COVID-19 in Canada: How did the owner of a barbecue joint become a martyr for the anti-lockdown crowd?

Insistence that Adam Skelly pay $165K in policing costs related to the shutdown of his restaurant last November is turning into a bad PR exercise

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      Just when it looked like we’d heard the last of Adam Skelly, the owner of Adamson Barbecue made famous for defying Ontario’s lockdown orders, there he was back in the news last week.

      Turns out the city has sent him a bill for around $180K for services related to the shutdown of his restaurant back in November. Those services include some $165K in policing costs as well as the costs of boarding up—and keeping closed—his place of business after police and bylaw enforcement officers showed up to enforce the provincial lockdown order.

      Skelly was led away in handcuffs back then as police scuffled with anti-mask and anti-lockdown protestors who converged on this south Etobicoke restaurant. Skelly has since launched a constitutional challenge against the Reopening Ontario Act, buoyed by donations to pay for his legal fees through a GoFundMe campaign.

      His shop in Etobicoke, Ontario, remains closed “under illegal occupation by Eileen DeVilla!”, Toronto’s medical officer of health, Skelly proclaims on his website. But a second location in Leaside continues to offer home delivery on weekends. Skelly says the location can no longer operate as a takeout restaurant because of what he describes as an “old zoning issue tied up in beaurocratic [sic] process.” It may be more accurate to say he was operating without a licence. A third location in the 905 in Aurora is offering lunch and pre-order pick-ups.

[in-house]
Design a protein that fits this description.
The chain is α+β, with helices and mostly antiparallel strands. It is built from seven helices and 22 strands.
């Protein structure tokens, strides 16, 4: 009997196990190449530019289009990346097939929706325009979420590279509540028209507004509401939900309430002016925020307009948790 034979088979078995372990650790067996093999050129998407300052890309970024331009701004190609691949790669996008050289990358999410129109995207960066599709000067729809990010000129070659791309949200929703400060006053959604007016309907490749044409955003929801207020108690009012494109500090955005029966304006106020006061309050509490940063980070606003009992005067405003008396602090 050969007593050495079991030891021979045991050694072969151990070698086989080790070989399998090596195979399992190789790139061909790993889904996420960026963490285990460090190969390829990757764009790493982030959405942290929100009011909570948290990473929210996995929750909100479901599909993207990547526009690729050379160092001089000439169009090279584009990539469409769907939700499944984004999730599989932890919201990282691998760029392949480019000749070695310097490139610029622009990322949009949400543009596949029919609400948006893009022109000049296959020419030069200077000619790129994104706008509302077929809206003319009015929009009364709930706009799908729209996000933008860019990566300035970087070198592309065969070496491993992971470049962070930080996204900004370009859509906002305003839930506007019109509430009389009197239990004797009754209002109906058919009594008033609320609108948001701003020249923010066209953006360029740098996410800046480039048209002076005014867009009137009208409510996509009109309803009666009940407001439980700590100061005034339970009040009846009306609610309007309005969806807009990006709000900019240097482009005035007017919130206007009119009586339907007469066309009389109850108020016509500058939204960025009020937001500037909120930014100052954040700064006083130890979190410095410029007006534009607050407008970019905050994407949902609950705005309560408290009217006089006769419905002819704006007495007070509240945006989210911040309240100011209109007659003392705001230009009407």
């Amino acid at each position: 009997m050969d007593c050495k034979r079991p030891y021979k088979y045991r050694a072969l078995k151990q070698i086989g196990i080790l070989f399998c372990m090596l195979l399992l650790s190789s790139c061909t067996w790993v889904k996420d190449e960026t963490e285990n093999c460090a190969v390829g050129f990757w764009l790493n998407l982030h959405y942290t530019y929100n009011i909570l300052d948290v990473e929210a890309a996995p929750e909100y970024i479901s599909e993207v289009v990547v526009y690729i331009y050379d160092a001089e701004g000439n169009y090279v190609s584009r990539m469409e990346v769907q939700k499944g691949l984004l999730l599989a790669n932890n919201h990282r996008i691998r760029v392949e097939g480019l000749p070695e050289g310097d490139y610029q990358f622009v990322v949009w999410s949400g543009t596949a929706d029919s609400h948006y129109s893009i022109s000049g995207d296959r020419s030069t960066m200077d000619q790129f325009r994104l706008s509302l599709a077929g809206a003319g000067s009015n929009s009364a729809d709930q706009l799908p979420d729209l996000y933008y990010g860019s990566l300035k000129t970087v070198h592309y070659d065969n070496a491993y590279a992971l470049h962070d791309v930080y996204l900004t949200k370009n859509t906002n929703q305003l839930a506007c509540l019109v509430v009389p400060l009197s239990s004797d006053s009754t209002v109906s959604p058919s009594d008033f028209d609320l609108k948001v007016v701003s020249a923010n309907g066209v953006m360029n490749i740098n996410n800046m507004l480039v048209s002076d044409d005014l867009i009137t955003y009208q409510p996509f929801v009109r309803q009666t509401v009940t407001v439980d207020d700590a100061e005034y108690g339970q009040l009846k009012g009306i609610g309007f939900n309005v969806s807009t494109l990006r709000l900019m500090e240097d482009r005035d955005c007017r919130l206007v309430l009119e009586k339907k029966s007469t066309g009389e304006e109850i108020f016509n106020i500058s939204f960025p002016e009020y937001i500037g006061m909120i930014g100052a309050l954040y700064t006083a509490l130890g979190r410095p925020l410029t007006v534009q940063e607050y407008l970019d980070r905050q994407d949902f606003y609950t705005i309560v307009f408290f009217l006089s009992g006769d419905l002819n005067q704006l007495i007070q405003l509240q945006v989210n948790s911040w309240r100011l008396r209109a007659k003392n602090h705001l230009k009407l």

City spokesperson Brad Ross tells us on the city’s move to collect costs related to Adamson’s shutdown that “enforcement action was necessary to protect public health from it being open”.

      That much seems clear to most, except Skelly. But the Canadian Civil Liberties Association has weighed in suggesting that ordering Skelly to pay policing costs may raise constitutional issues over Skelly’s right to protest provincial lockdown measures.

      Cara Zwibel, director of the CCLA’s fundamental freedoms program, told CTV News last week that enforcing the law should be considered part of the cost of doing business for the city.

      That argument may be a little more difficult to make in Skelly’s case, who defied orders to close for three days before he was arrested on criminal trespassing charges—and, it turns out, was operating his business without a licence.

      The city, however, seems prepared to make an example of Skelly. It says it’s prepared to fight for the costs in court if Skelly refuses to pay up.

      Don’t count on that happening now that Skelly has become a martyr for the anti-lockdown cause.

      In retrospect, the city has no one to blame but itself. The effort to close Skelly down was botched from the start. First, the guys sent in to change the locks on his place seemed unaware there was a side door. Then someone made the decision to send cops in on horseback to keep supporters and protestors outside his joint.

      It would have been more prudent for the city to bide its time and move in when things had quieted down. Instead, Toronto Mayor John Tory set a confrontational tone by suggesting city bylaw enforcement and police should “throw the book” at Skelly. That hasn’t helped matters.